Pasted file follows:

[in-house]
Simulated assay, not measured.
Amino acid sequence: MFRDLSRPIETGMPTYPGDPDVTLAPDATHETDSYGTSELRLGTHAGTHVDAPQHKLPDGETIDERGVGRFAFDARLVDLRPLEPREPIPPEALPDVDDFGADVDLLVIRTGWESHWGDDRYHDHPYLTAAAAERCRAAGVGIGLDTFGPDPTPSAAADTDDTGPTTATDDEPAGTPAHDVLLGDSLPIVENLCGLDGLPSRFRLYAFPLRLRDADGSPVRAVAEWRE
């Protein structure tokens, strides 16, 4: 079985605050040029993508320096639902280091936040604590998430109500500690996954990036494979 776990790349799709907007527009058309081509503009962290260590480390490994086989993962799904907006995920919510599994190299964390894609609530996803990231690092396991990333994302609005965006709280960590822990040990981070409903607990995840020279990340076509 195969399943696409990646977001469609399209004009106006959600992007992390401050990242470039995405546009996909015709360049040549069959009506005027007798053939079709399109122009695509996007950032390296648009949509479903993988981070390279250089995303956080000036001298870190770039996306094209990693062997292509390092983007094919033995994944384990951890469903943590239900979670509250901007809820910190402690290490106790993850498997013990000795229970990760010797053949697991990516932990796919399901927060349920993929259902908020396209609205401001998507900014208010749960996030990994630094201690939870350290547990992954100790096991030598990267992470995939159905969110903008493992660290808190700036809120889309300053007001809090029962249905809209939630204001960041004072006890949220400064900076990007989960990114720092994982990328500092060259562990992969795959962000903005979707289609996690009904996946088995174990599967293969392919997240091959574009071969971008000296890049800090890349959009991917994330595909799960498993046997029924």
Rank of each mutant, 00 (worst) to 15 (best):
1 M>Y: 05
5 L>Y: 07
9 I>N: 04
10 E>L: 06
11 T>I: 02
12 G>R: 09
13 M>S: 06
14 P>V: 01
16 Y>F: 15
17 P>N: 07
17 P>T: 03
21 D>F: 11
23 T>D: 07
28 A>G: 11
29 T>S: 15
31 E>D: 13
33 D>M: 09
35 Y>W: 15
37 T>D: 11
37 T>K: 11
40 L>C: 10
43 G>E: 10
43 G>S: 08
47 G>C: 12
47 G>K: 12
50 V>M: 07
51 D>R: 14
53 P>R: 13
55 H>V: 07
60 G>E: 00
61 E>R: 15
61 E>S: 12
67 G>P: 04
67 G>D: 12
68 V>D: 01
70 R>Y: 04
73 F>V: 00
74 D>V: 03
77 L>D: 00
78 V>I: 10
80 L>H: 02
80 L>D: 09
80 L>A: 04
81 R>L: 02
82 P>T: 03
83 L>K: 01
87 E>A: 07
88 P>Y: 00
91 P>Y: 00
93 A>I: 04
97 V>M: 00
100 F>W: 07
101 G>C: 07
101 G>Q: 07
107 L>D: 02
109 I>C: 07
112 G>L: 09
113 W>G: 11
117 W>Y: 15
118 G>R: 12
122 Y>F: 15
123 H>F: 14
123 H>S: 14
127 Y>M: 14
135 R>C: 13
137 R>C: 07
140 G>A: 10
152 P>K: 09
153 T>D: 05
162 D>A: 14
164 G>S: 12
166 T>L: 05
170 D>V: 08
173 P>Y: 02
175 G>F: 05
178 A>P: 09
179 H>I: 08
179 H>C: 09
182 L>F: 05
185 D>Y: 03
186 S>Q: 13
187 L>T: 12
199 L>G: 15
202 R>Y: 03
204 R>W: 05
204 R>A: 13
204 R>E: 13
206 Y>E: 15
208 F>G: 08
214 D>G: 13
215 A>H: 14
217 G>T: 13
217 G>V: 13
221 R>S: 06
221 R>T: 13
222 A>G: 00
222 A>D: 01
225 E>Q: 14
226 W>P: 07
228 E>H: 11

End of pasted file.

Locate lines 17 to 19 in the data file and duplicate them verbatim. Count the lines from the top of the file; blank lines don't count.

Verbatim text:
21 D>F: 11
23 T>D: 07
28 A>G: 11